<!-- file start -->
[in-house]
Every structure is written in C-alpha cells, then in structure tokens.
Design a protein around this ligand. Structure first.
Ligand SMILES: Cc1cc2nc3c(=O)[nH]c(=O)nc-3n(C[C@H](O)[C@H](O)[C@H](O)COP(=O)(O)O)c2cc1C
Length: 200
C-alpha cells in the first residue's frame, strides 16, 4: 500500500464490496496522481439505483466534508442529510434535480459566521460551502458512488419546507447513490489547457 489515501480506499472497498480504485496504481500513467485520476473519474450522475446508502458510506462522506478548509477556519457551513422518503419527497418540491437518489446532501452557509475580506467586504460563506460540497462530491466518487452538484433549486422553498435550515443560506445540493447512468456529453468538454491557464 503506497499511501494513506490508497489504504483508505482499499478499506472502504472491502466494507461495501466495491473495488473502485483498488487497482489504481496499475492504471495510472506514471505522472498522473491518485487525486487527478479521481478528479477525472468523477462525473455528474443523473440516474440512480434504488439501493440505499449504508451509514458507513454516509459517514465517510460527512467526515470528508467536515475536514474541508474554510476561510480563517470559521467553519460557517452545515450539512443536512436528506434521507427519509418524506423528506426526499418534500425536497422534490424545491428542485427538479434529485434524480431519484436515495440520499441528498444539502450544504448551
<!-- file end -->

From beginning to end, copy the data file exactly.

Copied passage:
[in-house]
Every structure is written in C-alpha cells, then in structure tokens.
Design a protein around this ligand. Structure first.
Ligand SMILES: Cc1cc2nc3c(=O)[nH]c(=O)nc-3n(C[C@H](O)[C@H](O)[C@H](O)COP(=O)(O)O)c2cc1C
Length: 200
C-alpha cells in the first residue's frame, strides 16, 4: 500500500464490496496522481439505483466534508442529510434535480459566521460551502458512488419546507447513490489547457 489515501480506499472497498480504485496504481500513467485520476473519474450522475446508502458510506462522506478548509477556519457551513422518503419527497418540491437518489446532501452557509475580506467586504460563506460540497462530491466518487452538484433549486422553498435550515443560506445540493447512468456529453468538454491557464 503506497499511501494513506490508497489504504483508505482499499478499506472502504472491502466494507461495501466495491473495488473502485483498488487497482489504481496499475492504471495510472506514471505522472498522473491518485487525486487527478479521481478528479477525472468523477462525473455528474443523473440516474440512480434504488439501493440505499449504508451509514458507513454516509459517514465517510460527512467526515470528508467536515475536514474541508474554510476561510480563517470559521467553519460557517452545515450539512443536512436528506434521507427519509418524506423528506426526499418534500425536497422534490424545491428542485427538479434529485434524480431519484436515495440520499441528498444539502450544504448551